The exams also demonstrate that you’re interested enough in the technology to want to keep up to date. Nobody forces you to take them.

Whether or not you decide to take the exams is a personal choice, but I would say that they can be useful as a starting point to differentiate between two DBA’s who have a similar level of experience.  There is still no substitute for real-world experience and just because someone passes the exam doesn’t necessarily mean that they’ll be a better DBA. 

(In case you’re wondering, I have taken the exams!)

Categories: APPS Blogs

Tracing ODBC Connections to an Oracle Database

OracleContractors - Thu, 2011-08-04 23:06

Various applications can be configured to connect to an Oracle database using an ODBC connection. When there are problems with the connection, it can sometimes be useful to enable ODBC tracing. 

This is a pretty straightforward task and can often highlight useful information to diagnose issues such as incorrect ODBC drivers or driver versions, or attempting to use incorrect database connection information. 

The Scenario
To demonstrate ODBC tracing, we’ll first log into an Oracle Enterprise edition database called “ORCL11″ and create an account called “odbc1″:   

create user odbc1 identified by odbc1;

(Note: You may want to make your password more secure than this! Remember also that 11g has case-sensitive passwords by default)

grant create session, create table to odbc1;
alter user odbc1 default tablespace users;
alter user odbc1 quota 10M on users;

Next we’ll connect as our new user and create a test table with a small amount of data.

connect  odbc1/odbc1

create table odbc_test_tab (col1 varchar2(40));
insert into odbc_test_tab values (’TEST’);
insert into odbc_test_tab values (’TEST2′);

Then we create an ODBC connection to our ORCL11 database.  Create the connection using a System DSN called “EXCEL_TEST11″. Use the Oracle ODBC Driver and the odbc1 database account to connect.

The last step is to create a new Excel 2010 spreadsheet called “odbctesting.xlsx” 

Note: To keep this post brief, I haven’t included full details of the steps to create the ODBC connection, or of setting up the connection in Excel. If anyone wants detailed instructions on how to do this, please let me know.  For the Excel connection the main steps are to go to the Data tab - “From Other Sources” - “From Data Connection Wizard” - “ODBC DSN” - Next and then select the “EXCEL_TEST11″ ODBC connection.  (Even though you’ll see a large listing of database objects, the ODBC1.ODBC_TEST_TAB is in the list - near the end. All the other objects are database views and tables to which PUBLIC - i.e. all users - have been  granted access).   Don’t select the option to save the password to the file.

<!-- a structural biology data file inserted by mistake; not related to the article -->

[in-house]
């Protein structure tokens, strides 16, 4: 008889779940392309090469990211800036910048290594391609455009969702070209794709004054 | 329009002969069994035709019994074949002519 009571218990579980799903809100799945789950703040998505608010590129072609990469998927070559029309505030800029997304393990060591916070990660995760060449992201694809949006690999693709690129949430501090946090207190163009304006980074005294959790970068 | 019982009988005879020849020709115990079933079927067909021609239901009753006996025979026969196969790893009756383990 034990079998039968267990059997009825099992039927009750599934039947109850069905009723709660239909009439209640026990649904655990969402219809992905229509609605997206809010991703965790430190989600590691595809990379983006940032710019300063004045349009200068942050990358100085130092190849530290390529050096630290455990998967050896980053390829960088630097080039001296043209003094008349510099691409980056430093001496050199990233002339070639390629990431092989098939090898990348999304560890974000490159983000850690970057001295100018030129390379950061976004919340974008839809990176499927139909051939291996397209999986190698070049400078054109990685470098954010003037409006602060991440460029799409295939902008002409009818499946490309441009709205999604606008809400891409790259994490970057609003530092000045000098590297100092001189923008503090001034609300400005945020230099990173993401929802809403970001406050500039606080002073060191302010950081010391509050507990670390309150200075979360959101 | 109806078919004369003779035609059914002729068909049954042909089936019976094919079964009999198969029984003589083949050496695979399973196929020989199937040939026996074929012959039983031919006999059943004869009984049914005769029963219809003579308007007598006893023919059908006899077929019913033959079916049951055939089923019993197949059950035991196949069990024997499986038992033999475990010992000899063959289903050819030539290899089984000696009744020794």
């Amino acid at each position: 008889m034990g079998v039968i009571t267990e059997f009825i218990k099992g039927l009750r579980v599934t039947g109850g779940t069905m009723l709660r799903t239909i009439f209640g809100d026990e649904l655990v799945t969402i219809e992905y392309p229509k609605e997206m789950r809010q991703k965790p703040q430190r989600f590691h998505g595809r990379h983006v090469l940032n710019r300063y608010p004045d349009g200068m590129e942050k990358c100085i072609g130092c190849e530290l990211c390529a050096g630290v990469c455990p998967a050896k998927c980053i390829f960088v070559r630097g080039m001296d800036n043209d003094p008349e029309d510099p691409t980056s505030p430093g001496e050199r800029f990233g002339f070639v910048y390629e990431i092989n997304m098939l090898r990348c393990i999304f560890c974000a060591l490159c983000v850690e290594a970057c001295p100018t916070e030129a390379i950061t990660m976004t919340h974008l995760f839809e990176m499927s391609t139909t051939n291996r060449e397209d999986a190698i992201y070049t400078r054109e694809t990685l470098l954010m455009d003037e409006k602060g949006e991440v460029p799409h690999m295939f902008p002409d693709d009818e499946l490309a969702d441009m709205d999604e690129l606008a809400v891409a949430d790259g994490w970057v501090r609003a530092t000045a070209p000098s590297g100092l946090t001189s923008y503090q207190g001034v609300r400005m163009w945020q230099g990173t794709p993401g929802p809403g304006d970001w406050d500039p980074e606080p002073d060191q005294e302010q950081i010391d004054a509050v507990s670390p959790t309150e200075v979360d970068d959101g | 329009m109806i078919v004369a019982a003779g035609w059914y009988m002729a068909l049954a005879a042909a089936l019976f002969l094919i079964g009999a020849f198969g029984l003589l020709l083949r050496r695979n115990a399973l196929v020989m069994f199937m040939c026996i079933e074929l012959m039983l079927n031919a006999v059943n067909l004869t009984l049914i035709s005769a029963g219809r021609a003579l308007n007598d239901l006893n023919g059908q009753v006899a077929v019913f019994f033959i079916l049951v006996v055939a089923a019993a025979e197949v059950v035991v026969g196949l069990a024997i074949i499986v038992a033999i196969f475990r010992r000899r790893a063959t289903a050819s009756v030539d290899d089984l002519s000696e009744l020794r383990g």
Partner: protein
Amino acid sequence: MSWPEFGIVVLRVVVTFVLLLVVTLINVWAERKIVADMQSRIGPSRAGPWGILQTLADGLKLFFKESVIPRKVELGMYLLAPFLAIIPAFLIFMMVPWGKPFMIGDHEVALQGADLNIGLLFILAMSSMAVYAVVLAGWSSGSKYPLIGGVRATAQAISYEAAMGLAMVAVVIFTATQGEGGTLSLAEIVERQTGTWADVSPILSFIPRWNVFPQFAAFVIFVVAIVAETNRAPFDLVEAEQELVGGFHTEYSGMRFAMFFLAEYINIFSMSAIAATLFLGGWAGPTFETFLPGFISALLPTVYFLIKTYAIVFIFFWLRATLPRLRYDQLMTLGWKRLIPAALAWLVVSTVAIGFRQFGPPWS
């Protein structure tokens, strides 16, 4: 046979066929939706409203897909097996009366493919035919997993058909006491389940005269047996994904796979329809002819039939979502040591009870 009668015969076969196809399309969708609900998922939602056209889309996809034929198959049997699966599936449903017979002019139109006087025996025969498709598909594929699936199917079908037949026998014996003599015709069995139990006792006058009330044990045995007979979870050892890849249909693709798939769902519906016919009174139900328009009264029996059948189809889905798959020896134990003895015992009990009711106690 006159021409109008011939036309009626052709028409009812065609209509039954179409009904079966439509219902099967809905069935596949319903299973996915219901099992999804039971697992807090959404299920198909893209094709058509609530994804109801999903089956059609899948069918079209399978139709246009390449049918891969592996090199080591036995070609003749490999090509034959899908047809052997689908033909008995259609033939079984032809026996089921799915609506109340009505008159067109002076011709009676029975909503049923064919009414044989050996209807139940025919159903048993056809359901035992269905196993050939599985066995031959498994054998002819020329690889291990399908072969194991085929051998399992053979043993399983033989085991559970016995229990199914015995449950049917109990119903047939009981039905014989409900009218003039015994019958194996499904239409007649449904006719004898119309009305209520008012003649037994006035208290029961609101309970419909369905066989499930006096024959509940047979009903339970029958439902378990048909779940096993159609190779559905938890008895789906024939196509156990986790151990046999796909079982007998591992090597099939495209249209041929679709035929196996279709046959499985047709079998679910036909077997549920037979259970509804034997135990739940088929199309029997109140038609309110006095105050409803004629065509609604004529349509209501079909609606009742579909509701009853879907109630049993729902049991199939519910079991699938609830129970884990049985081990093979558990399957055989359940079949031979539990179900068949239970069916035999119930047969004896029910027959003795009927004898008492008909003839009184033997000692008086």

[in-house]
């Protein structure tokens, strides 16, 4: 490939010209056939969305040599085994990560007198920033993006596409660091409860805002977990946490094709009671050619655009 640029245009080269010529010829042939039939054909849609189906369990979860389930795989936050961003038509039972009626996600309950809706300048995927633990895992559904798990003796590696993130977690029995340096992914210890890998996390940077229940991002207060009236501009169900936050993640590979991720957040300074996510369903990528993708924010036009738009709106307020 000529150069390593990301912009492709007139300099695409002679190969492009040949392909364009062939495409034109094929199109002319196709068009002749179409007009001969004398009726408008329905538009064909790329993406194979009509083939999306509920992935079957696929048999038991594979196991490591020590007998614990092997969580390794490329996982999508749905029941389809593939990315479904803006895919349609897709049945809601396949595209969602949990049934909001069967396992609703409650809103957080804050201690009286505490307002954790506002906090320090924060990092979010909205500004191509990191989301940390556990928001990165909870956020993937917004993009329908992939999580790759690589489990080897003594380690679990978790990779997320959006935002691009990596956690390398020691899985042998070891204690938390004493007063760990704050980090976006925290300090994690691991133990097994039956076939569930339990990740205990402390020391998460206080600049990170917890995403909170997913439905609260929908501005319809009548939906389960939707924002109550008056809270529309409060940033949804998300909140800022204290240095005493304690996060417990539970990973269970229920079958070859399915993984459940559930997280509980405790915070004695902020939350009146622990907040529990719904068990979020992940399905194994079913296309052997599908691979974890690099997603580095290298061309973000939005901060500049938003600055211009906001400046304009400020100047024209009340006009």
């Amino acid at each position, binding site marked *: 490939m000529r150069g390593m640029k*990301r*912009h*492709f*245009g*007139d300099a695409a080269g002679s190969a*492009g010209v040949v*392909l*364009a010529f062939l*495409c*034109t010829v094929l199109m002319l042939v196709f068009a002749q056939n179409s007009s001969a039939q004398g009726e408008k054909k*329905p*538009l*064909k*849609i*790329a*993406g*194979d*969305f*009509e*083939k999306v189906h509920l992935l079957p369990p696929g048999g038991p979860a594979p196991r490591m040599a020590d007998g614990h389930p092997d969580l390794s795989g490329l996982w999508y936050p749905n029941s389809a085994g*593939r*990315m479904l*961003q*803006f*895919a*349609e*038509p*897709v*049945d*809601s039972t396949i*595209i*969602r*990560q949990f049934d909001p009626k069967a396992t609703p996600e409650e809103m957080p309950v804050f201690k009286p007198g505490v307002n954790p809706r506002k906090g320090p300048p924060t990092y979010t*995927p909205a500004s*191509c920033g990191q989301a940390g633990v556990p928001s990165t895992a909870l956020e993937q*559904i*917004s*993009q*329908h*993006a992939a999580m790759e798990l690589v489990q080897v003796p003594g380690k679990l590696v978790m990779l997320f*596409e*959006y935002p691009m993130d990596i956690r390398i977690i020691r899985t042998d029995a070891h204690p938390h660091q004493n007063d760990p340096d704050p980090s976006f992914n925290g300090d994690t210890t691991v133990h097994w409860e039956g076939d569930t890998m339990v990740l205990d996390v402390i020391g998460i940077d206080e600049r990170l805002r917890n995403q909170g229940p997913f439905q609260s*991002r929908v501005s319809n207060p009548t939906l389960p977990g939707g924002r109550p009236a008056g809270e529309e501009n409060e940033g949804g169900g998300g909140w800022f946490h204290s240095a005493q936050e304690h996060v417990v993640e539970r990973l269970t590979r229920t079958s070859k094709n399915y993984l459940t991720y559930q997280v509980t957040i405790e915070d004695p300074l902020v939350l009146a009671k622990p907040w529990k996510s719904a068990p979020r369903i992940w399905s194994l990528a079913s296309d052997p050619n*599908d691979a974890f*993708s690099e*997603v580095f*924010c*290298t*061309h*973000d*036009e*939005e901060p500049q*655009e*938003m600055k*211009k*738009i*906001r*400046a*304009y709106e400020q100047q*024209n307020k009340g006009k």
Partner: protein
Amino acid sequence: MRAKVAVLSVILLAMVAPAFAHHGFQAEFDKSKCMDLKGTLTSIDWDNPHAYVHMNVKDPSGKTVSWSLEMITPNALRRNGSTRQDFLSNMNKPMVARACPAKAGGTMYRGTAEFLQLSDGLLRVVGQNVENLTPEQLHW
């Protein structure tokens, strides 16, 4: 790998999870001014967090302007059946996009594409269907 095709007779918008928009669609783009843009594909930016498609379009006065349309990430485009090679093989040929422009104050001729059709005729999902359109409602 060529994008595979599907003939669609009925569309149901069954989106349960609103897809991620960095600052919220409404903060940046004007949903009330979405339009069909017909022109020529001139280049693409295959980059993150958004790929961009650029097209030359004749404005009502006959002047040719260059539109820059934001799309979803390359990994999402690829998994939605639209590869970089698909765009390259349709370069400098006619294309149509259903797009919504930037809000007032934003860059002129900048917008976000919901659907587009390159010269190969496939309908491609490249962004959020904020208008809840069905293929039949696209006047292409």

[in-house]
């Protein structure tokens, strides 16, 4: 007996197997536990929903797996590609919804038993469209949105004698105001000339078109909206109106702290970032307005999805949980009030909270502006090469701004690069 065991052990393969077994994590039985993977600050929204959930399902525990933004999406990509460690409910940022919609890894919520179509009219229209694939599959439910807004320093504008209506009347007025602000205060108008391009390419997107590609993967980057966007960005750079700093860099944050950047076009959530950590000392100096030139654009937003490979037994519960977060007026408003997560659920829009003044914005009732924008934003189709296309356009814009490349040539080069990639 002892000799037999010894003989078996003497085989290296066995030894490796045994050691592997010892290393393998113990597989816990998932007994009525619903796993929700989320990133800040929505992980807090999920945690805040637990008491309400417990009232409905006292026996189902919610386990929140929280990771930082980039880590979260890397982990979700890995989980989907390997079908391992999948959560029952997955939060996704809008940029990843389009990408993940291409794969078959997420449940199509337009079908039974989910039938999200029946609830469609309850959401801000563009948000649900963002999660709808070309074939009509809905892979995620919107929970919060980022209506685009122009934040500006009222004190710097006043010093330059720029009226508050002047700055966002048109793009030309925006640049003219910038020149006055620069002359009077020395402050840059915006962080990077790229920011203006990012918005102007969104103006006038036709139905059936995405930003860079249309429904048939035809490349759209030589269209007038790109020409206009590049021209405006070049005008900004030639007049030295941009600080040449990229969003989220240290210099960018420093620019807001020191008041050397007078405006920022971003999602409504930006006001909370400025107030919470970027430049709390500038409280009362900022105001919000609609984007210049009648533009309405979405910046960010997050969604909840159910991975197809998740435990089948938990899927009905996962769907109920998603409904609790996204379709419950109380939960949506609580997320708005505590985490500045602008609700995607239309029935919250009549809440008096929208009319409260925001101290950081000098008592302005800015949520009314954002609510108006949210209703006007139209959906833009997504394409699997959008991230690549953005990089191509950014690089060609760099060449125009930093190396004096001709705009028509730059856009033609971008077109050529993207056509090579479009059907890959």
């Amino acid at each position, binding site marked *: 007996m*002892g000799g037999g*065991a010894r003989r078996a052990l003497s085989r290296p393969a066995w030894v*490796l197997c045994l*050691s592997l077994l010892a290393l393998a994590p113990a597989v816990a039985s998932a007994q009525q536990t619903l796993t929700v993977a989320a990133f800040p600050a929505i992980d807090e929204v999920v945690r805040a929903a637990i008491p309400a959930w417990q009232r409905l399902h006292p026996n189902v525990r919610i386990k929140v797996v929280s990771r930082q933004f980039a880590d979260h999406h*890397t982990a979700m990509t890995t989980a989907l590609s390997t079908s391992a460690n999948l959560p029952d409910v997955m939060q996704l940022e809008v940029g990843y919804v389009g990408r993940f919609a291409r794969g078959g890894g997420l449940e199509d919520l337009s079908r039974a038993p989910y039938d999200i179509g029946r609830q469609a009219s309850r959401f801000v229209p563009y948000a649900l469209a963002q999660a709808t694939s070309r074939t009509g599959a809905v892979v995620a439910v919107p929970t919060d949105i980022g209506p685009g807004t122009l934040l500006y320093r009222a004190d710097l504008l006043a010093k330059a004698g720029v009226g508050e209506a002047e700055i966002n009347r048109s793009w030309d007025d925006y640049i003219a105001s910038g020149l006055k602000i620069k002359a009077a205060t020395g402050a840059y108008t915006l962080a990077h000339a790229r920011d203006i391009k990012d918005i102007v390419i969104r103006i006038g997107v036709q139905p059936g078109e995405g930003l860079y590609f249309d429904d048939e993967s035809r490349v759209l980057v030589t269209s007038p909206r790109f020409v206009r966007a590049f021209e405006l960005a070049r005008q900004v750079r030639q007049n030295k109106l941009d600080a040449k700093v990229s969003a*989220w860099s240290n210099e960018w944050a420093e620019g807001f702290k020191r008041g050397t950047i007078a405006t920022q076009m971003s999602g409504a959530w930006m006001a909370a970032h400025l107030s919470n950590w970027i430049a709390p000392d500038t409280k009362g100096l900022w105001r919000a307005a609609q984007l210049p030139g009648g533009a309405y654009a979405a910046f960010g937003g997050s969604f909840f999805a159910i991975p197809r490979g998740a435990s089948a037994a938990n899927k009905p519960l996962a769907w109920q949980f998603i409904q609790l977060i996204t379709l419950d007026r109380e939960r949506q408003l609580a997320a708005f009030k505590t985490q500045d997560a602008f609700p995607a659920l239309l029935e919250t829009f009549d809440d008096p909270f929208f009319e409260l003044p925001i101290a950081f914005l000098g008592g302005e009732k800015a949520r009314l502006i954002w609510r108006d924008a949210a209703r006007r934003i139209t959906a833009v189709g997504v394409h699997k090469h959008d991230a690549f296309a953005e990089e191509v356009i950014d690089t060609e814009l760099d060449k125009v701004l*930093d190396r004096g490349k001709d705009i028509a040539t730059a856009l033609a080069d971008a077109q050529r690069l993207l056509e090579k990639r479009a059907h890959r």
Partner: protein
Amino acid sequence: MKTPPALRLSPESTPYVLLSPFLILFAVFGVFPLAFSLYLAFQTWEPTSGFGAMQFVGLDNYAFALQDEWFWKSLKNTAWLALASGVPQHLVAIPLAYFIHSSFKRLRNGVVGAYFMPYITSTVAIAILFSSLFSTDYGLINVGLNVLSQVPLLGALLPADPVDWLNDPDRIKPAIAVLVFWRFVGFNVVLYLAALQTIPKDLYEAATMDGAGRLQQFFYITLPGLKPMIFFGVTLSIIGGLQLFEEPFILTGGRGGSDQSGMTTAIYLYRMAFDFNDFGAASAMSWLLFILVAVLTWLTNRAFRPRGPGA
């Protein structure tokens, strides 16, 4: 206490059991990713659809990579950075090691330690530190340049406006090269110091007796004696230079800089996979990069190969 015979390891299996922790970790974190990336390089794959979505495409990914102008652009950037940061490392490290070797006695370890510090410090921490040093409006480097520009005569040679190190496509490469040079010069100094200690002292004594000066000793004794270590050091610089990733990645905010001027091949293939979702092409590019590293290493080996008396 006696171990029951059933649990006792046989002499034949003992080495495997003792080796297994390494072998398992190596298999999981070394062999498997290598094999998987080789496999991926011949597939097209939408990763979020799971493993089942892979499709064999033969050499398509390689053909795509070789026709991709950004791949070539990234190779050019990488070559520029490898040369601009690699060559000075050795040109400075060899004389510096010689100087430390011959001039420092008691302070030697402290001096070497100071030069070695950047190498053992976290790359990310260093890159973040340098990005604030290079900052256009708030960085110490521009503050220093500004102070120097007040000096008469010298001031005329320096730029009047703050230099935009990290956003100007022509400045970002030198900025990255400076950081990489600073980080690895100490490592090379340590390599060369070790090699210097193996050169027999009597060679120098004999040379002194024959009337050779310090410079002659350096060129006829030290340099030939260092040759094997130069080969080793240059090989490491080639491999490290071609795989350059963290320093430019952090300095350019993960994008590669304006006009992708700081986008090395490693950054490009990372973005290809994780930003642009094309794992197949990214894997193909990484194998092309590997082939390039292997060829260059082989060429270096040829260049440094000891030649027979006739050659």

Turning on tracing
Next we’ll turn on ODBC tracing, so that we can see what’s happening when the connection is being made. From a Windows XP client, as you need to do is:

Start - control panel - Administrative Tools - Data Sources (ODBC)   (or you can go  Start - run - odbcad32)

Then: Go to the “Tracing” tab - Click on the “Start Tracing Now” button

Once you’ve clicked on the “Start Tracing Now” button, you’ll notice it will change to be a “Stop Tracing Now” button - Apply - OK.   This closes the ODBC Data Source Administrator.
(i) To change the location of the logfile, click on the “Browse” button on the Tracing tab. You can also change the name of the log file. Then click Save.
(ii) Be aware, that this will turn on tracing for ALL ODBC connections running on this client.
(iii) Tracing could have a serious performance impact on your application, so only enable it if neccessary. 
(iv) Microsoft support article ID: 942976 notes that 64-bit versions of windows have two versions of the ODBC Administrator tool:

%systemdrive%\Windows\SysWoW64 folder.   - 32-bit version of Odbcad32.exe
%systemdrive%\windows\System32 folder.   - 64-bit version - also called Odbc32.exe

If running odbcad32 to edit 32-bit DSN’s, then specify the full path to the executable. 32-bit System DSN’s will only appear in the 32-bit version of odbc32.exe and 64-bit System DSN’s will only appear in the 64-bit version  of odbc32.exe.  However, be aware that User DSN’s will appear in both versions. Please refer to the Microsoft support note for more details.